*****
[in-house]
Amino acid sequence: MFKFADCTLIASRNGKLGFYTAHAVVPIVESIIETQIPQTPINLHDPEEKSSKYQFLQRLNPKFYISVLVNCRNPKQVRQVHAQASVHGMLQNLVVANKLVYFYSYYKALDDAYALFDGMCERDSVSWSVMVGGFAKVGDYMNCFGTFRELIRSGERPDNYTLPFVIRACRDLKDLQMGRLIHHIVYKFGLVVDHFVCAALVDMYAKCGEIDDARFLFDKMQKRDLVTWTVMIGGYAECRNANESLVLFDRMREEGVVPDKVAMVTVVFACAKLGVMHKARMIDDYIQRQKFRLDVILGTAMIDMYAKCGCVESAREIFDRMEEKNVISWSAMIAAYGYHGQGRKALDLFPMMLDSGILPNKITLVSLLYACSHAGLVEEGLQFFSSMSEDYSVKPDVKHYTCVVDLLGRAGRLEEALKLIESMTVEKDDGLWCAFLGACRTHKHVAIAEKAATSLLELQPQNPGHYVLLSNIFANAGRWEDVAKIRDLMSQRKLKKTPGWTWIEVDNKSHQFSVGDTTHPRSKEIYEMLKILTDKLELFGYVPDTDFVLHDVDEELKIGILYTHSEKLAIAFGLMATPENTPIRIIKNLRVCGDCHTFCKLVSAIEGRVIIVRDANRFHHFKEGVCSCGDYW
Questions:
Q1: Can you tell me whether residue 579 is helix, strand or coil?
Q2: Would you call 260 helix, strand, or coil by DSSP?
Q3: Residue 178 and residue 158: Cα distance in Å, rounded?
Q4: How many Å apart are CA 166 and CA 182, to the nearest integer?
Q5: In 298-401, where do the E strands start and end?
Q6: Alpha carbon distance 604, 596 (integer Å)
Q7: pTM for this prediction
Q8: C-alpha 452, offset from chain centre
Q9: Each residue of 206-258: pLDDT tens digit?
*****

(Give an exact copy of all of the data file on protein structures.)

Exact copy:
[in-house]
Amino acid sequence: MFKFADCTLIASRNGKLGFYTAHAVVPIVESIIETQIPQTPINLHDPEEKSSKYQFLQRLNPKFYISVLVNCRNPKQVRQVHAQASVHGMLQNLVVANKLVYFYSYYKALDDAYALFDGMCERDSVSWSVMVGGFAKVGDYMNCFGTFRELIRSGERPDNYTLPFVIRACRDLKDLQMGRLIHHIVYKFGLVVDHFVCAALVDMYAKCGEIDDARFLFDKMQKRDLVTWTVMIGGYAECRNANESLVLFDRMREEGVVPDKVAMVTVVFACAKLGVMHKARMIDDYIQRQKFRLDVILGTAMIDMYAKCGCVESAREIFDRMEEKNVISWSAMIAAYGYHGQGRKALDLFPMMLDSGILPNKITLVSLLYACSHAGLVEEGLQFFSSMSEDYSVKPDVKHYTCVVDLLGRAGRLEEALKLIESMTVEKDDGLWCAFLGACRTHKHVAIAEKAATSLLELQPQNPGHYVLLSNIFANAGRWEDVAKIRDLMSQRKLKKTPGWTWIEVDNKSHQFSVGDTTHPRSKEIYEMLKILTDKLELFGYVPDTDFVLHDVDEELKIGILYTHSEKLAIAFGLMATPENTPIRIIKNLRVCGDCHTFCKLVSAIEGRVIIVRDANRFHHFKEGVCSCGDYW
Questions:
Q1: Can you tell me whether residue 579 is helix, strand or coil?
Q2: Would you call 260 helix, strand, or coil by DSSP?
Q3: Residue 178 and residue 158: Cα distance in Å, rounded?
Q4: How many Å apart are CA 166 and CA 182, to the nearest integer?
Q5: In 298-401, where do the E strands start and end?
Q6: Alpha carbon distance 604, 596 (integer Å)
Q7: pTM for this prediction
Q8: C-alpha 452, offset from chain centre
Q9: Each residue of 206-258: pLDDT tens digit?